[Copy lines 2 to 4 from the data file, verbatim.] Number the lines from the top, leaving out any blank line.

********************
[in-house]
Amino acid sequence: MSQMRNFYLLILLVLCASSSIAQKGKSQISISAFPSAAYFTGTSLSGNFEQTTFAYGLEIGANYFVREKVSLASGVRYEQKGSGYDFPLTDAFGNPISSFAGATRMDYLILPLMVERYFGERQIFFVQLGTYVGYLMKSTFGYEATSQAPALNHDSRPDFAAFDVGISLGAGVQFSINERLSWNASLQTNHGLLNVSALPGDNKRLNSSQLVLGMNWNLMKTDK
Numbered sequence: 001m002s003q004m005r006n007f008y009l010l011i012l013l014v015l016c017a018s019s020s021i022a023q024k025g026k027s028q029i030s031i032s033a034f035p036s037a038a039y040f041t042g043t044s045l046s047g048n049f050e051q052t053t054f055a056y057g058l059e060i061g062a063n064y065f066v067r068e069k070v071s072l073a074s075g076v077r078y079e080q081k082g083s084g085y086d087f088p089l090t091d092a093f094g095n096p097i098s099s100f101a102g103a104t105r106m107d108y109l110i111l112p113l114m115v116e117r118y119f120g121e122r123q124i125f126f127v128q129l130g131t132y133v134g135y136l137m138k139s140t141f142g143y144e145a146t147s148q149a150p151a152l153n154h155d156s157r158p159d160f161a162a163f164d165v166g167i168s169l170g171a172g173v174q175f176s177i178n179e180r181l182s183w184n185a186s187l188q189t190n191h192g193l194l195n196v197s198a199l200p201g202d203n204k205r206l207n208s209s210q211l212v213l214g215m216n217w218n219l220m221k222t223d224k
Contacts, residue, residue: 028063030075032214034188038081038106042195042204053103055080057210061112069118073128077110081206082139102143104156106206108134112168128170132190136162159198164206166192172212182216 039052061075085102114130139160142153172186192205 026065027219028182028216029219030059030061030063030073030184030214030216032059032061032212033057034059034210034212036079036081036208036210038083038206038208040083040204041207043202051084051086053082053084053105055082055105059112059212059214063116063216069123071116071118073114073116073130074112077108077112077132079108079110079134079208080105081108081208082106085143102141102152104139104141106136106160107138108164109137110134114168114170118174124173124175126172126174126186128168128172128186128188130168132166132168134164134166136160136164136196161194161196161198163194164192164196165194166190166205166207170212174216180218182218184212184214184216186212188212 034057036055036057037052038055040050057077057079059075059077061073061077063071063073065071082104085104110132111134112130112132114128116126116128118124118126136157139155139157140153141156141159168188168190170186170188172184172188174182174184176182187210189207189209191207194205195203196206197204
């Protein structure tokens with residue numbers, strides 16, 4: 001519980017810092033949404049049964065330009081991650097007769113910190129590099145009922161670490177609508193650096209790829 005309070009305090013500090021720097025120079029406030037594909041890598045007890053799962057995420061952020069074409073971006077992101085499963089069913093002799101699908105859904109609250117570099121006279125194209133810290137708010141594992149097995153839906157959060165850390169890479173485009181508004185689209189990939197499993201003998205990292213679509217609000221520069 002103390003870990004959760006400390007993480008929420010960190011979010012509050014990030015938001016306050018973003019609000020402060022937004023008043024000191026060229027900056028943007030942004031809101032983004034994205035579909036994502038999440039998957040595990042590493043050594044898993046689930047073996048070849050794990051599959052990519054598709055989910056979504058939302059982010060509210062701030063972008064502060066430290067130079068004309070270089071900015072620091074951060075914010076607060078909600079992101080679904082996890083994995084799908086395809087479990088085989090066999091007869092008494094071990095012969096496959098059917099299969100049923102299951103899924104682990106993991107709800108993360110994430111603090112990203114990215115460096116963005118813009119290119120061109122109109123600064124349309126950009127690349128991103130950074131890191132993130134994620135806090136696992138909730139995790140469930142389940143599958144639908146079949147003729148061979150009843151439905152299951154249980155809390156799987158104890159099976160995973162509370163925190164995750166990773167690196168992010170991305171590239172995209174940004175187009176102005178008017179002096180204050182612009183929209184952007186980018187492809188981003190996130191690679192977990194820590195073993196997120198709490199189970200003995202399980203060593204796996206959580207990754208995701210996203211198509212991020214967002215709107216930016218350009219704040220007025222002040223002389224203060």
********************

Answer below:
Amino acid sequence: MSQMRNFYLLILLVLCASSSIAQKGKSQISISAFPSAAYFTGTSLSGNFEQTTFAYGLEIGANYFVREKVSLASGVRYEQKGSGYDFPLTDAFGNPISSFAGATRMDYLILPLMVERYFGERQIFFVQLGTYVGYLMKSTFGYEATSQAPALNHDSRPDFAAFDVGISLGAGVQFSINERLSWNASLQTNHGLLNVSALPGDNKRLNSSQLVLGMNWNLMKTDK
Numbered sequence: 001m002s003q004m005r006n007f008y009l010l011i012l013l014v015l016c017a018s019s020s021i022a023q024k025g026k027s028q029i030s031i032s033a034f035p036s037a038a039y040f041t042g043t044s045l046s047g048n049f050e051q052t053t054f055a056y057g058l059e060i061g062a063n064y065f066v067r068e069k070v071s072l073a074s075g076v077r078y079e080q081k082g083s084g085y086d087f088p089l090t091d092a093f094g095n096p097i098s099s100f101a102g103a104t105r106m107d108y109l110i111l112p113l114m115v116e117r118y119f120g121e122r123q124i125f126f127v128q129l130g131t132y133v134g135y136l137m138k139s140t141f142g143y144e145a146t147s148q149a150p151a152l153n154h155d156s157r158p159d160f161a162a163f164d165v166g167i168s169l170g171a172g173v174q175f176s177i178n179e180r181l182s183w184n185a186s187l188q189t190n191h192g193l194l195n196v197s198a199l200p201g202d203n204k205r206l207n208s209s210q211l212v213l214g215m216n217w218n219l220m221k222t223d224k
Contacts, residue, residue: 028063030075032214034188038081038106042195042204053103055080057210061112069118073128077110081206082139102143104156106206108134112168128170132190136162159198164206166192172212182216 039052061075085102114130139160142153172186192205 026065027219028182028216029219030059030061030063030073030184030214030216032059032061032212033057034059034210034212036079036081036208036210038083038206038208040083040204041207043202051084051086053082053084053105055082055105059112059212059214063116063216069123071116071118073114073116073130074112077108077112077132079108079110079134079208080105081108081208082106085143102141102152104139104141106136106160107138108164109137110134114168114170118174124173124175126172126174126186128168128172128186128188130168132166132168134164134166136160136164136196161194161196161198163194164192164196165194166190166205166207170212174216180218182218184212184214184216186212188212 034057036055036057037052038055040050057077057079059075059077061073061077063071063073065071082104085104110132111134112130112132114128116126116128118124118126136157139155139157140153141156141159168188168190170186170188172184172188174182174184176182187210189207189209191207194205195203196206197204